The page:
Boolean Operators 

Boolean operators define the relationships between words or groups of words. 



AND, +

Narrow search and retrieve records containing all of the words it separates. 

OR , |

Broaden search and retrieve records containing any of the words it separates. The | (Pipe) can be used in lieu of 'or', eg: mouse | mice | rat is equivalent to mouse or mice or rat 

NOT , -

Narrow search and retrieve records that do not contain the term following it. 

( )

Group words or phrases when combining Boolean phrases and to show the order in which relationships should be considered, eg: (mouse or mice) and (gene or pseudogene) 

Note: Search queries containing several operators search in the following order: 

( )

To ensure that a search containing different operators performs as you intend, use parentheses,
eg: calder and (painting not (sculpture or mobiles)) 

Proximity Searching 

Proximity searches limit the number of words between your search terms. 



no operator

Find words as a phrase, eg: life stage transitions retrieves records containing the three words immediately adjacent to one another and in the same order. 


Find words within a specified radius, eg: (women) within 5 (violence) retrieves records that contain women and violence in any order and within a five word radius of one other. Any number may be used to determine the proximity radius


Find words within 10 words of each other, eg: women near violence retrieves records that contain women and violence in any order with up to 9 words in between. Note: near is the same as within 10.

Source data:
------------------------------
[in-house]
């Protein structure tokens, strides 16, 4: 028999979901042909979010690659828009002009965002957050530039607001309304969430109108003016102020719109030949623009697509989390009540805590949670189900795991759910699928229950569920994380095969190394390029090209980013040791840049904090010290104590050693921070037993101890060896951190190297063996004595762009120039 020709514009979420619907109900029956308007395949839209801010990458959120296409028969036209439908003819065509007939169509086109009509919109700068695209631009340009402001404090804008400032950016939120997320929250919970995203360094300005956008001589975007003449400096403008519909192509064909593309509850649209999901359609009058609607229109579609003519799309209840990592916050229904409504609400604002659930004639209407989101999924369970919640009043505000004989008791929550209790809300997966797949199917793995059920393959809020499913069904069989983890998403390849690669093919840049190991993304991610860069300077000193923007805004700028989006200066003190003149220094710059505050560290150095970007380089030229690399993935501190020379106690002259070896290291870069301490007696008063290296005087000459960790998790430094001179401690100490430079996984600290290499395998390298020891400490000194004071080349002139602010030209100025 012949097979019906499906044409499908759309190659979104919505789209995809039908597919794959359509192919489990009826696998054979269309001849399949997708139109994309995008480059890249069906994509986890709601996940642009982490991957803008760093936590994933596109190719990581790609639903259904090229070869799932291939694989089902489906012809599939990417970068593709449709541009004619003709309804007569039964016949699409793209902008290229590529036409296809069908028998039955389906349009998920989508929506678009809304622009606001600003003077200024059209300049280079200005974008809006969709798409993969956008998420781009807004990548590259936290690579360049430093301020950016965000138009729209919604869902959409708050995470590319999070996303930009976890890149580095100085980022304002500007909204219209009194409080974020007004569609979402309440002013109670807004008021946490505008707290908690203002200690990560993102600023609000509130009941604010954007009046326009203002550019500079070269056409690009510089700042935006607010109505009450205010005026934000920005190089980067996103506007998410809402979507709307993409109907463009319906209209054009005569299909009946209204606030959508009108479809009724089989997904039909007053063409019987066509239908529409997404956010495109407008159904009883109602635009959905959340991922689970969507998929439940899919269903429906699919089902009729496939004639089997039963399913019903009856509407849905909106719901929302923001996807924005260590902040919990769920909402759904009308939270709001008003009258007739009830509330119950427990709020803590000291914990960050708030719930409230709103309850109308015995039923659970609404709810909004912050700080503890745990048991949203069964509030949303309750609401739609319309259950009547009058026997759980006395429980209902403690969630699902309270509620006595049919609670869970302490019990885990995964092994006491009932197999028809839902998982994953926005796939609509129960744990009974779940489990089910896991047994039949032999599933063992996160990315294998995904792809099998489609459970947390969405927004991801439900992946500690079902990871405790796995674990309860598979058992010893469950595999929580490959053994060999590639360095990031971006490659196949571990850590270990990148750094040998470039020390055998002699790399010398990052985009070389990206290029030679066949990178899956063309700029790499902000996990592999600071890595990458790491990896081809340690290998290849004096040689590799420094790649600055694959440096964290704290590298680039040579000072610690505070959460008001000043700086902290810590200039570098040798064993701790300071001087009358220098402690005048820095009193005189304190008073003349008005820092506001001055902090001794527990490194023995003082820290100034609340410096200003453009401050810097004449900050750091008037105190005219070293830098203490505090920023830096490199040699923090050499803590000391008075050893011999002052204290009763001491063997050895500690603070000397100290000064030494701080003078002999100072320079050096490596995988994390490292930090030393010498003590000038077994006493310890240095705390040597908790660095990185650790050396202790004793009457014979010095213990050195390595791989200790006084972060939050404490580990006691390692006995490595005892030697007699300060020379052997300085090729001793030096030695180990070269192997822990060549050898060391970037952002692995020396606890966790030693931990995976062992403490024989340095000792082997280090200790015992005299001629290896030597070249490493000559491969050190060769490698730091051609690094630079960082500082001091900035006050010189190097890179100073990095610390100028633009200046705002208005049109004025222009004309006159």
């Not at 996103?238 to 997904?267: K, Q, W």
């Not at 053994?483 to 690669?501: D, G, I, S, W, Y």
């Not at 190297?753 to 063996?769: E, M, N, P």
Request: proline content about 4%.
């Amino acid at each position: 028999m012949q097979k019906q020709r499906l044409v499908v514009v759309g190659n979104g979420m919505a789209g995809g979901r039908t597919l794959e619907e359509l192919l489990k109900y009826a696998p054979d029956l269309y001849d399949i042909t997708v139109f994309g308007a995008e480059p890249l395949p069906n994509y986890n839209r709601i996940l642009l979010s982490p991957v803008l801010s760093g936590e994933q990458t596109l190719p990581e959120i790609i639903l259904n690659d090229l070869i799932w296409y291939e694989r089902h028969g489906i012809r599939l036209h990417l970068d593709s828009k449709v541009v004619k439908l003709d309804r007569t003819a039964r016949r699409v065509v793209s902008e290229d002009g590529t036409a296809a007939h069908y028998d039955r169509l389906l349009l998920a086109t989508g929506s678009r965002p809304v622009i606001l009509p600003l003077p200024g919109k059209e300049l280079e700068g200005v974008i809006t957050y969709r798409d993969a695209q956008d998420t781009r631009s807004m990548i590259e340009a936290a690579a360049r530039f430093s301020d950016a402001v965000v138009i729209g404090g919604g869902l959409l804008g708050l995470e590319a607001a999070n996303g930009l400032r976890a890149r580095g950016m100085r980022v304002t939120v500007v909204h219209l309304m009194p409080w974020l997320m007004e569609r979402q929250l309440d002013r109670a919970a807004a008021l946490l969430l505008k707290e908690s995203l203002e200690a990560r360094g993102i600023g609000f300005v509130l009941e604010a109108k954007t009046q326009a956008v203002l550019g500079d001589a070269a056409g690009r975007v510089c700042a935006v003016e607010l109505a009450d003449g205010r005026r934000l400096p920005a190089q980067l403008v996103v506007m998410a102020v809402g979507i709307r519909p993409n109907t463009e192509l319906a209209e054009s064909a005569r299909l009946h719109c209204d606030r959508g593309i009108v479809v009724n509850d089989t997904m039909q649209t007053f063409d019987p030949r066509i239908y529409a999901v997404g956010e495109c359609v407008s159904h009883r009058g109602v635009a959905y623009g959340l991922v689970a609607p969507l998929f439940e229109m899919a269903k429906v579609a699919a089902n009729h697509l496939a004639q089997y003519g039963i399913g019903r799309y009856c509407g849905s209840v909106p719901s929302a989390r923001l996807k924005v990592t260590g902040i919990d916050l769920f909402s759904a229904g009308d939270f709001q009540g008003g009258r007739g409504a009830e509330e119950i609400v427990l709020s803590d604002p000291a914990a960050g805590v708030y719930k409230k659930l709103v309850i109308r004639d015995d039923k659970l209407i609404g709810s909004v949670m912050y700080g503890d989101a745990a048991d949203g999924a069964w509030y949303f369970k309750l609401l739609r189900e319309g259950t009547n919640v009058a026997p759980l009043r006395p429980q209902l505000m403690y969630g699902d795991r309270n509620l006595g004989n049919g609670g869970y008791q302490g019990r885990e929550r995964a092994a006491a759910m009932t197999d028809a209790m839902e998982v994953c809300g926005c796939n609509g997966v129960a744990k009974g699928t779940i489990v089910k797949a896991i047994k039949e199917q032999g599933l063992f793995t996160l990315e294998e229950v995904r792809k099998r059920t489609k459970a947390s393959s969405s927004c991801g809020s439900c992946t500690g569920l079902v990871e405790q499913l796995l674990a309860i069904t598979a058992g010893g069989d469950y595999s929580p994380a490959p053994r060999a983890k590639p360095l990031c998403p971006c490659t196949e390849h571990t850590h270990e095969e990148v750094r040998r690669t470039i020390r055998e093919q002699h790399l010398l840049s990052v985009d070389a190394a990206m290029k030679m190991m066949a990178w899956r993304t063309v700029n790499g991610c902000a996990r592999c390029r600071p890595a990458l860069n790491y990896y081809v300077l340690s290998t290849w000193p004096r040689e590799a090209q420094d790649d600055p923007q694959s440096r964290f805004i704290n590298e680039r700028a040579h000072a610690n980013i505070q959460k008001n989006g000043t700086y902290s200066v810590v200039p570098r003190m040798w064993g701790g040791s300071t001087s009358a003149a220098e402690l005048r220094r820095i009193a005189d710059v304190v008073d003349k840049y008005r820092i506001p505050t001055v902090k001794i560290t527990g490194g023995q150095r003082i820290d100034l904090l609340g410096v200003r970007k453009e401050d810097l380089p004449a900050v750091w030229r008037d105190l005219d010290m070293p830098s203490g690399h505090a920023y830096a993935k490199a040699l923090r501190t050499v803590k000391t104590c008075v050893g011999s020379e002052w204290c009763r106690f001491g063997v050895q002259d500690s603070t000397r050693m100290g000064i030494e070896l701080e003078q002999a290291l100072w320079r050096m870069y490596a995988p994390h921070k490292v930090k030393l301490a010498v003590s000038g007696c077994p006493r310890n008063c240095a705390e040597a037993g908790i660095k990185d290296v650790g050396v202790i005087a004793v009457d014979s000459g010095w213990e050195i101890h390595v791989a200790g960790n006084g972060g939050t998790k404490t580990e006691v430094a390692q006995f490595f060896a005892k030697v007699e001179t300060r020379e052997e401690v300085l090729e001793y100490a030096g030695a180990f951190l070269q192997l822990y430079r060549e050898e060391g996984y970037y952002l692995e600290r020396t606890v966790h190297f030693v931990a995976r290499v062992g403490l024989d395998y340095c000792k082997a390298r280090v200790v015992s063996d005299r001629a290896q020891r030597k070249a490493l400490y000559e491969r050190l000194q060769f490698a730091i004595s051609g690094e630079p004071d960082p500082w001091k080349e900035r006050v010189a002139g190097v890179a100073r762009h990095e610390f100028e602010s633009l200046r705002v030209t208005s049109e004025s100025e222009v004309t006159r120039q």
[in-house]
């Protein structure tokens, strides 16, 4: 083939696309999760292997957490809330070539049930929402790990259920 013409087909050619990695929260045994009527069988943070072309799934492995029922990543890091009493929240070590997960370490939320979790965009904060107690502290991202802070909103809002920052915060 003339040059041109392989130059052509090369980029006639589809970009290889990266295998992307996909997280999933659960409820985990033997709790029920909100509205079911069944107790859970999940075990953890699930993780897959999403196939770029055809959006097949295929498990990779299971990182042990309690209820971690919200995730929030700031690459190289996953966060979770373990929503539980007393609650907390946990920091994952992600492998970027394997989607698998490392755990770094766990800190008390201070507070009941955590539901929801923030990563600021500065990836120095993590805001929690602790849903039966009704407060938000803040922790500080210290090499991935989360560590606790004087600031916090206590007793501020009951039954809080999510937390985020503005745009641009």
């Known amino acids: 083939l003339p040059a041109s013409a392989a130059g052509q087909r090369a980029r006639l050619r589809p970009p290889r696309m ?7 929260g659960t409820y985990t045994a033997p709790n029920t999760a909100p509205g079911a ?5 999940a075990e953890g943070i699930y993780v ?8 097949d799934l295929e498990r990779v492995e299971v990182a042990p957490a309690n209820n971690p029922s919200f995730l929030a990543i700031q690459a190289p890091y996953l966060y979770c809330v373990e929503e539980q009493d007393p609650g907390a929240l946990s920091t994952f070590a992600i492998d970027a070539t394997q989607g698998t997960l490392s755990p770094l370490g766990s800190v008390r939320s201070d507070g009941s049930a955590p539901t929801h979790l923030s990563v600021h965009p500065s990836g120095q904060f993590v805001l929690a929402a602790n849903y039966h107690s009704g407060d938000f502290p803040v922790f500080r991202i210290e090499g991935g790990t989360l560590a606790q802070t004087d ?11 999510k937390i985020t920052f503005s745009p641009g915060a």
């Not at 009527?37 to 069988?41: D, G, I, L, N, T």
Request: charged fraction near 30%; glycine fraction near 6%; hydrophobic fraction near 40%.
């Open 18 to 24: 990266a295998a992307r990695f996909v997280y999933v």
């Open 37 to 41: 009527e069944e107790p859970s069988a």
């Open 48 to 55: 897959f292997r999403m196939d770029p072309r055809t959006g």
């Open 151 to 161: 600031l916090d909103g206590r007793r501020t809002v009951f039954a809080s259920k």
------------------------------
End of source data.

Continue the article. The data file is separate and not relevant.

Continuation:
Finds words in a relative order, eg: social before security. Note: adjacency is not implied.


Finds words that contain words in the relative order specified with the after expression, eg: scope after science. Note: adjacency is not implied.

Note: Use double quotes " " to search for "near", "before", or "after", eg: "near death" experience

Wildcard Symbols 

Wildcard symbols can expand the scope of your search.




Truncation. This expands a search term to include all forms of a root word, eg: patent* retrieves patent, patents, patentable, patented, etc.


Multi-character wildcard for finding alternative spellings. Use to indicate an unlimited number of characters within a word, eg: h*ophilia retrieves haemophilia as well as hemophilia, and behavi*r retrieves behaviour or behavior.


Single-character wildcard for finding alternative spellings. The ? represents a single character; two ?? represent two characters; three ??? represent three characters, and so on. Use within or at the end of a word, eg: wom?n finds woman as well as women, and carbon fib?? finds carbon fiber or carbon fibre.

Note: Only words with characters equal to the number of ?'s present are retrieved, eg: cell? retrieves cells and cello but not cell.

Tip: When looking for singular and plural forms of short words that have a common root, such as cell, the truncation symbol may retrieve too many irrelevant words, while the wildcard symbol may retrieve too few words. In such a case, do not use wildcards and instead OR together the forms of the word you want, eg: cell or cells.